National Trust Tasmania
National Trust Tasmania
Travel Tip

Tassie’s Top Ten History Lessons

Kathryn Leahy
Explore Tasmania's brutal convict past, maritime adventure, mining and early industrial development. Unlike most other places, Tasmania's rich cultural heritage is still well preserved today.

1. Port Arthur Historic Site

For more than 40 years until its closure in 1877, Port Arthur was a penal settlement as well as a military and industrial centre, encompassing mining, farming, timber cutting, boat building and many other trades. The Port Arthur Historic Site, one of five World Heritage listed convict sites in Tasmania, is the best-preserved convict settlement in Australia and among the most significant convict sites in the world.

a historic convict prison at Port Arthur in southern Tasmania
Hype TV
Port Arthur Historic Site - Separate Prison

2. West Coast Wilderness Railway

The West Coast Wilderness Railway is the world’s steepest steam-operated railway with original steam locomotives and a rare rack-and-pinion rail system used to climb hills and cross gorges. Passengers travel from Queenstown to Dubbil Barril on the same locomotives that started the trip back in 1896. The 16 km run passes through wilderness, traversing the deep chasm of the King River Gorge, with stops for gold panning and sightseeing on the way.

heritage train travelling through the rainforest
Nick Osborne
West Coast Wilderness Railway

3. The Wall in the Wilderness

The small town of Derwent Bridge in Tasmania’s central highlands is home to Australia’s most ambitious art project. Greg Duncan is carving the history of the highlands in 100 metres of timber. The beautifully carved work sets out in relief sculpture the history, hardship and perseverance of the people in the Central Highlands. There’s nothing like this anywhere else in Australia.

wall carving depicting Tasmanian heritage and history
Brian Dullaghan
The Wall in the Wilderness

4. Mawson Replica Huts

The Mawson’s Huts Replica Museum stands on the waterfront in Hobart, not far from where the Aurora sailed south to Antarctica with Douglas Mawson’s Australasian Antarctic Expedition of 1911-14. This world-class museum gives visitors an historic insight into the daily lives of the expeditioners who spent two winters living and working in the true ‘home of the blizzard’.

a life-size replica of Mawson Hut recreated on the Hobart waterfront
Dale Baldwin
Mawson Huts Replica Museum

5. Beaconsfield Mine and Heritage Centre

Experience the excitement and realities of the elusive hunt for gold or learn about the mine rescue in 2006 of Brant Webb and Todd Russell. This is a place where you can lose yourself in history, play with treasures from the past and embark on a historical journey.

heritage centre complex and an old disused mine at Beaconsfield in the Tamar Valley
Dan Fellow
Beaconsfield Mine & Heritage Centre

6. Bass and Flinders Centre

At George Town, go aboard a replica of Bass and Flinders’ sloop Norfolk at the  Bass and Flinders Centre. The Norfolk is berthed next to a wharf with a typical dockside warehouse, complete with crew waiting to go aboard. As you explore the Huon pine sloop, note there’s not a screw or nail in sight: trunnels or treenails hold the entire vessel together. See artefacts, watch movies and go on a tour to learn about Australian maritime history.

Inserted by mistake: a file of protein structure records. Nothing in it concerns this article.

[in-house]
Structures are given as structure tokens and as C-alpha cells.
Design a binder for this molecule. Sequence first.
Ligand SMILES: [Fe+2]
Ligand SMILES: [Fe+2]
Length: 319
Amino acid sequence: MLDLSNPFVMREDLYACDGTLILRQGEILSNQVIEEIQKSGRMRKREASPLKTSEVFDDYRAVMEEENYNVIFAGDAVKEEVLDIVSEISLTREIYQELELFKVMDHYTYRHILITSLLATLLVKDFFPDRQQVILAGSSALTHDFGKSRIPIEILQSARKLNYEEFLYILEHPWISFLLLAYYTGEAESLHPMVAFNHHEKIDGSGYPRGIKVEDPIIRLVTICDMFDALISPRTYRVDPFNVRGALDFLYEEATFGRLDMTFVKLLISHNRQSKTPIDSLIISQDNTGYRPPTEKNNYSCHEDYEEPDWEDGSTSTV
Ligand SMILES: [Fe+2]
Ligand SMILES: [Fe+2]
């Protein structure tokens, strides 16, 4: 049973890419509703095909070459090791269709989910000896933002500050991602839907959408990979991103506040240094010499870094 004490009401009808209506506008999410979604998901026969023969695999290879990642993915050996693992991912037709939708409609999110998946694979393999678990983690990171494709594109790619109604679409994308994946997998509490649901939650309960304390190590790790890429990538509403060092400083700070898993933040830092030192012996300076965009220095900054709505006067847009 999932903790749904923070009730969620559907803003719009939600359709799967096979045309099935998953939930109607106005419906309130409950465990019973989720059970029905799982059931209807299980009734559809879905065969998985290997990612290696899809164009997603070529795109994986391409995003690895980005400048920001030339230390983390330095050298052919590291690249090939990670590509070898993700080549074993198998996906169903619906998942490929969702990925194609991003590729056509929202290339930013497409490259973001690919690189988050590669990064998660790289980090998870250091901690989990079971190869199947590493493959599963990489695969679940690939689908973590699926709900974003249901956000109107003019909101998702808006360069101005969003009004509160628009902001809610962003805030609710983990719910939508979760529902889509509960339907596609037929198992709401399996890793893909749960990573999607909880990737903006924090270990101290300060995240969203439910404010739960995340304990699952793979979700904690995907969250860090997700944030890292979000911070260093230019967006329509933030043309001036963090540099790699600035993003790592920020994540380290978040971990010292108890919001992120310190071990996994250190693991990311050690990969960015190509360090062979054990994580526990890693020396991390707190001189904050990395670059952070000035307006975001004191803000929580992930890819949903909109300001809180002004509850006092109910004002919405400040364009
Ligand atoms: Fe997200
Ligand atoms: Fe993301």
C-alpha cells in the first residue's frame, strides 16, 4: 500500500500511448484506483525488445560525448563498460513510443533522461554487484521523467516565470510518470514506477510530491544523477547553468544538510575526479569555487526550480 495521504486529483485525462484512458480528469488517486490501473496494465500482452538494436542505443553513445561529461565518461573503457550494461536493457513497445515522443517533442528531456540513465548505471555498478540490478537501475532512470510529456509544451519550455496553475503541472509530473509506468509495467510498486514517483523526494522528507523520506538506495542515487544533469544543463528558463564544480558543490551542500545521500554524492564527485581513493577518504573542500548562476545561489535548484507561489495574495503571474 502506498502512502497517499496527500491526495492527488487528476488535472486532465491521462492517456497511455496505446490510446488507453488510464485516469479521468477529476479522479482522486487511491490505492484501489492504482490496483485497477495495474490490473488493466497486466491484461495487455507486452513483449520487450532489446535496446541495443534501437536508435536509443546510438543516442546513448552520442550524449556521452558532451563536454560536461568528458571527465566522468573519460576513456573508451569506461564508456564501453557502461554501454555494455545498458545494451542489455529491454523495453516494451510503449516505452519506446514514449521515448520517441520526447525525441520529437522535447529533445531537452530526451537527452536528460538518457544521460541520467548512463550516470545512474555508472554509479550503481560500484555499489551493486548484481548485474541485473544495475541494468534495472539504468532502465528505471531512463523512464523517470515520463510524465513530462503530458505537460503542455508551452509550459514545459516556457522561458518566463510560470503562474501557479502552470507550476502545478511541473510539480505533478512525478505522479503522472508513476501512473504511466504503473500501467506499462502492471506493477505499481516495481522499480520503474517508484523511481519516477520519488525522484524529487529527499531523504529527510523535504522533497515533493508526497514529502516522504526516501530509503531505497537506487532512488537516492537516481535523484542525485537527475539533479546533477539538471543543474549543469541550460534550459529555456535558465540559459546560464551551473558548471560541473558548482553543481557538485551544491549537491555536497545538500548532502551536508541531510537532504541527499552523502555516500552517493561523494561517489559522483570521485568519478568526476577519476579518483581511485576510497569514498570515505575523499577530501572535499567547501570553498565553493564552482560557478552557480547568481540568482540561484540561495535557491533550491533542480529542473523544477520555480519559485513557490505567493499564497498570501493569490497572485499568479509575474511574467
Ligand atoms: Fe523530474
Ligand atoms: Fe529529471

7. The Tench Penitentiary Chapel Historic Site

In the early 1830’s, a service in the chapel of the Van Diemen’s Land Prisoners’ Barracks Penitentiary (The Tench) was far from holy. Built in the shape of a cruciform, it included thirty-six solitary cells, later declared inhumane. When transportation ended, the site became Hobart Town Gaol for the next 100 years. Parts of the chapel were converted into Supreme Courts connected by tunnels to the gaol, and an execution yard and gallows were added. More than 50,000 convicts passed through here, their stories told through various guided tours.

Visitors walking through The Tench Penitentiary in Hobart Tasmania
National Trust Tasmania
The Tench Penitentiary

8. Waddamana Power Station

The Waddamana Power Station was the first hydro-electric power plant ever operated by the Tasmanian Hydro-Electric Department. The station, located almost in the geographical centre of Tasmania, is now a fascinating hydro-electric museum featuring machinery, memorabilia, and artefacts from the station and the people who worked there.

Interior of the historic Waddamana Power Station
Hydro Tasmania
The old turbines at Waddamana Power Station

9. Wooden Boat Centre

The Wooden Boat Centre in Franklin sits on the banks of the Huon River, and comprises the Wooden Boat Discovery Centre and Wooden Boat School. In the Discovery Centre you’ll find displays interpreting the history of wooden boat building and water transport along with maritime tools and artifacts.

man building a traditional timber boat
Nick Osborne
Wooden Boat Centre Tasmania

10. Furneaux Museum

Piece together the history of the Furneaux Group of islands through an assortment of artefacts, historical records, and natural history spread across six buildings that are exhibits in themselves. These include a replica of the birding huts used in the 1920’s during mutton bird season; a school and the residence of the first government subsidised ‘school master’ on the island; and the the sad history of the Wybalenna settlement.

a ship propeller from a shipwreck outside the Furneax Museum on Flinders Island
Supplied courtesy of Furneaux Museum
Furneaux Museum

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